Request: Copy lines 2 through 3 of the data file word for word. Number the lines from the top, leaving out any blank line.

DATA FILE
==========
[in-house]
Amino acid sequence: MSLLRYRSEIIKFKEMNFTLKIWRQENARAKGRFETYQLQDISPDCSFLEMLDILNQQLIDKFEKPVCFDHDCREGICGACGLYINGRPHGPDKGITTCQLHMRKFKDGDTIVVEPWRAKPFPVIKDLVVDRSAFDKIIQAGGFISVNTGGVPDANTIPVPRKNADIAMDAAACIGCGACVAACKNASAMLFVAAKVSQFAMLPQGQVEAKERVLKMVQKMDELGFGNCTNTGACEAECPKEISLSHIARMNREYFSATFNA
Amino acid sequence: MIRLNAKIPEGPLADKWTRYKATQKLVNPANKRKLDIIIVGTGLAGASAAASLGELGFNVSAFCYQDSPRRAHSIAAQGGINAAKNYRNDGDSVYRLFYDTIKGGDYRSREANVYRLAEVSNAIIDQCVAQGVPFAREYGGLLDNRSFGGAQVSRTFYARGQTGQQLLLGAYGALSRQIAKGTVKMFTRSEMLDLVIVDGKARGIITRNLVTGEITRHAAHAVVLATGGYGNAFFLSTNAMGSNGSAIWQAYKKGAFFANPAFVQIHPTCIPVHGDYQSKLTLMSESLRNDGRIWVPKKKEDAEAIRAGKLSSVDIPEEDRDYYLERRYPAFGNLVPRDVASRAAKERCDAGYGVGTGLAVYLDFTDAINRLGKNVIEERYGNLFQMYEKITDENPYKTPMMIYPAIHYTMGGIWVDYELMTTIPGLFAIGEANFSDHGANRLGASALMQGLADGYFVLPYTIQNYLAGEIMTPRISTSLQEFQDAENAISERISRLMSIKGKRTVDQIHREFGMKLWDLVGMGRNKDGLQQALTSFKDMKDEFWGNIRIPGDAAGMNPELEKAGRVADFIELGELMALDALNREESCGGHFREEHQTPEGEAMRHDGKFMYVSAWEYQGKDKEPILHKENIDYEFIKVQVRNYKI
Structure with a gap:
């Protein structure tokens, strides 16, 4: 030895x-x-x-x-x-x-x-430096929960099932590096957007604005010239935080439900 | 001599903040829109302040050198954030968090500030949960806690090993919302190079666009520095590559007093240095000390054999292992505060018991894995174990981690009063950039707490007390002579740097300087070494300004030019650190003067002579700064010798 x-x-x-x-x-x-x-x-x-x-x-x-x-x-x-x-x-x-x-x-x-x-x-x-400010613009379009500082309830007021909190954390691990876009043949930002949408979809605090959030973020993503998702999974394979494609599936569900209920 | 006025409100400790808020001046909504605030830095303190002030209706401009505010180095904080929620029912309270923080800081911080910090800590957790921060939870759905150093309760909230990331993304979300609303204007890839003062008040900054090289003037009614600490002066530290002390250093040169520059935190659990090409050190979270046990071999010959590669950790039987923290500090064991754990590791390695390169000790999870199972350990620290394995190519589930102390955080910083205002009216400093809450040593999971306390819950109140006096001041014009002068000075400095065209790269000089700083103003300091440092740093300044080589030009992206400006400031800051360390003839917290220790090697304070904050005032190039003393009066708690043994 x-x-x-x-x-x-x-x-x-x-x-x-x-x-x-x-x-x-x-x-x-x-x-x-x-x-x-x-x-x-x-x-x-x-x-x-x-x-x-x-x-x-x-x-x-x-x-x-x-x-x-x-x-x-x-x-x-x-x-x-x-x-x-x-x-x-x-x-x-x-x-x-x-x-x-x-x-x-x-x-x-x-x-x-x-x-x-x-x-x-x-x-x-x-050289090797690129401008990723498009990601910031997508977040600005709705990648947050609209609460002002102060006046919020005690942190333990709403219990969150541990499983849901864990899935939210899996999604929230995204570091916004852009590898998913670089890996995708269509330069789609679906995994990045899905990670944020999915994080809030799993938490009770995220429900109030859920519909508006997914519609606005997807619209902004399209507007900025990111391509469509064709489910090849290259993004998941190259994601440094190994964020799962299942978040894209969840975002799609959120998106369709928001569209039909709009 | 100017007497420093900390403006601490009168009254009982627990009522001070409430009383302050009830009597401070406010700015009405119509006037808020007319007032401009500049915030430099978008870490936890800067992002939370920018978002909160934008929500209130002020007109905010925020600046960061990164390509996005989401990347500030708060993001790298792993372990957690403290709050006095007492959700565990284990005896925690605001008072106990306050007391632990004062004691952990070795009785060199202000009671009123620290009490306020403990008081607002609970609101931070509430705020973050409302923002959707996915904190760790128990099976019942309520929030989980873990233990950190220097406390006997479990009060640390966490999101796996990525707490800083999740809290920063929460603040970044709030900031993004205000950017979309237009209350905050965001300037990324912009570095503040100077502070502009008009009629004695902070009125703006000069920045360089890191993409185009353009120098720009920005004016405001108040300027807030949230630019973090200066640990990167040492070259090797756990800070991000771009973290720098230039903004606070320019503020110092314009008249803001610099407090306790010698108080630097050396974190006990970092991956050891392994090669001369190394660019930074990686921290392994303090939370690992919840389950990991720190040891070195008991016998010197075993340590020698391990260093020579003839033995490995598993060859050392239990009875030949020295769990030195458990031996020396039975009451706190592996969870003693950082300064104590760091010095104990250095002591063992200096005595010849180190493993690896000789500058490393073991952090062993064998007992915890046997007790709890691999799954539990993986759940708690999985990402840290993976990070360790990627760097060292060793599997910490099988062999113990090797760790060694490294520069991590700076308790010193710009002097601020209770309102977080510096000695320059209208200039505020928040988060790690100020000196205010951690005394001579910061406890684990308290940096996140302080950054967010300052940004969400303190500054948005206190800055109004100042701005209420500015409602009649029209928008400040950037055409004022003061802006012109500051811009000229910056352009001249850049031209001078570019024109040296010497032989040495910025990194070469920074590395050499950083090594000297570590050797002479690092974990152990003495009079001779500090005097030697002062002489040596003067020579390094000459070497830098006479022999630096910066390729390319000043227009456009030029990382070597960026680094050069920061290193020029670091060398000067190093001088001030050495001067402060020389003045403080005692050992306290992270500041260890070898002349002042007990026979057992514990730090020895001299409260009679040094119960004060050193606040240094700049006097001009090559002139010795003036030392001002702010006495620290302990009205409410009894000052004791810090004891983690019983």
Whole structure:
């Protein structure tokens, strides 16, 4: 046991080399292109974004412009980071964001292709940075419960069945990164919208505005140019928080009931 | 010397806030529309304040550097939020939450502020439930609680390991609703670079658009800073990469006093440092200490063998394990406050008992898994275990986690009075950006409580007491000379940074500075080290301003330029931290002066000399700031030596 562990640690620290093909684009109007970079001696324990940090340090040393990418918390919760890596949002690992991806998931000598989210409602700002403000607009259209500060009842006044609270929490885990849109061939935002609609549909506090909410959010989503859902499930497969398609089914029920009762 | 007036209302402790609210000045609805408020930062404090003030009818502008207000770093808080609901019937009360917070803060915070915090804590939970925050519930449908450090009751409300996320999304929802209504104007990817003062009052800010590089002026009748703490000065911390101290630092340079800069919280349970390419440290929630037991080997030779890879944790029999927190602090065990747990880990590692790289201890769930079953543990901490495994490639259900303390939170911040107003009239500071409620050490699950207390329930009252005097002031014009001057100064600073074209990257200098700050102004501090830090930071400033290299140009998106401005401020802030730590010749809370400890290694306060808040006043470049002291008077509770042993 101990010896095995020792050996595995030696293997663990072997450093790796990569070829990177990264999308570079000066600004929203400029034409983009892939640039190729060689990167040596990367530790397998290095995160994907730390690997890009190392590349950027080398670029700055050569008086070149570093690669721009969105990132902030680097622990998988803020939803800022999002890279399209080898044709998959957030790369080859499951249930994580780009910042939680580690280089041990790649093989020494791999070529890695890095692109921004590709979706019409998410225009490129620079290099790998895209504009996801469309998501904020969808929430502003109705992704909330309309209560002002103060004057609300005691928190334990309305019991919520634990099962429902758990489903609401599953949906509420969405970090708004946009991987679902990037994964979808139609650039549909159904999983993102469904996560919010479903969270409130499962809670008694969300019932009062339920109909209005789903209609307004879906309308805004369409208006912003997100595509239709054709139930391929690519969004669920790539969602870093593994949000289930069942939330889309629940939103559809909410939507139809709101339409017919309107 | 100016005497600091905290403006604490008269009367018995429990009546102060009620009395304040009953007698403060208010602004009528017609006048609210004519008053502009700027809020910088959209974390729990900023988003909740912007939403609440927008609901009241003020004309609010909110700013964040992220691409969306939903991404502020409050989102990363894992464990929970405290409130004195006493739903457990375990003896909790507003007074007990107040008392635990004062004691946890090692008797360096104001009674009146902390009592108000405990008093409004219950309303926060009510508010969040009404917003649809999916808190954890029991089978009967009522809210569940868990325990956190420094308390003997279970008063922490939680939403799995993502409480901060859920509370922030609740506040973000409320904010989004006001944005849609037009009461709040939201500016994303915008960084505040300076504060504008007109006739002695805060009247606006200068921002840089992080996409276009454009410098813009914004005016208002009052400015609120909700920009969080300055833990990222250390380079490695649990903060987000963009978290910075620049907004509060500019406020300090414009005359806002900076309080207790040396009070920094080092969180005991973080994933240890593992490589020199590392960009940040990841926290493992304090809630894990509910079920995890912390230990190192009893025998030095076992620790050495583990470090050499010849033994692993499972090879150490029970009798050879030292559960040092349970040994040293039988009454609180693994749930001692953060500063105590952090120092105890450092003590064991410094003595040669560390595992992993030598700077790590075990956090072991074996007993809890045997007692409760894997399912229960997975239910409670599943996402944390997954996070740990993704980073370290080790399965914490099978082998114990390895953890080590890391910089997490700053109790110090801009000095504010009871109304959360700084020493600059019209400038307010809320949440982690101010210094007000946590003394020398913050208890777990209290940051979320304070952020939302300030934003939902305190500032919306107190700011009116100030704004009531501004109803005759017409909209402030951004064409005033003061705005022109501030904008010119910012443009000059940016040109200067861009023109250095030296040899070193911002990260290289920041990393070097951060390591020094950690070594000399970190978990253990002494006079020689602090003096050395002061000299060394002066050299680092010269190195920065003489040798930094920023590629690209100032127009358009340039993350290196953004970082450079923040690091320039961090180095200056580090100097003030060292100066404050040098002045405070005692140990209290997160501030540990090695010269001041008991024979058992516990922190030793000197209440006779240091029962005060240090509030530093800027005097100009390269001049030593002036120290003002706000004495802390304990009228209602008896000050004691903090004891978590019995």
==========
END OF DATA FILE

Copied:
Amino acid sequence: MSLLRYRSEIIKFKEMNFTLKIWRQENARAKGRFETYQLQDISPDCSFLEMLDILNQQLIDKFEKPVCFDHDCREGICGACGLYINGRPHGPDKGITTCQLHMRKFKDGDTIVVEPWRAKPFPVIKDLVVDRSAFDKIIQAGGFISVNTGGVPDANTIPVPRKNADIAMDAAACIGCGACVAACKNASAMLFVAAKVSQFAMLPQGQVEAKERVLKMVQKMDELGFGNCTNTGACEAECPKEISLSHIARMNREYFSATFNA
Amino acid sequence: MIRLNAKIPEGPLADKWTRYKATQKLVNPANKRKLDIIIVGTGLAGASAAASLGELGFNVSAFCYQDSPRRAHSIAAQGGINAAKNYRNDGDSVYRLFYDTIKGGDYRSREANVYRLAEVSNAIIDQCVAQGVPFAREYGGLLDNRSFGGAQVSRTFYARGQTGQQLLLGAYGALSRQIAKGTVKMFTRSEMLDLVIVDGKARGIITRNLVTGEITRHAAHAVVLATGGYGNAFFLSTNAMGSNGSAIWQAYKKGAFFANPAFVQIHPTCIPVHGDYQSKLTLMSESLRNDGRIWVPKKKEDAEAIRAGKLSSVDIPEEDRDYYLERRYPAFGNLVPRDVASRAAKERCDAGYGVGTGLAVYLDFTDAINRLGKNVIEERYGNLFQMYEKITDENPYKTPMMIYPAIHYTMGGIWVDYELMTTIPGLFAIGEANFSDHGANRLGASALMQGLADGYFVLPYTIQNYLAGEIMTPRISTSLQEFQDAENAISERISRLMSIKGKRTVDQIHREFGMKLWDLVGMGRNKDGLQQALTSFKDMKDEFWGNIRIPGDAAGMNPELEKAGRVADFIELGELMALDALNREESCGGHFREEHQTPEGEAMRHDGKFMYVSAWEYQGKDKEPILHKENIDYEFIKVQVRNYKI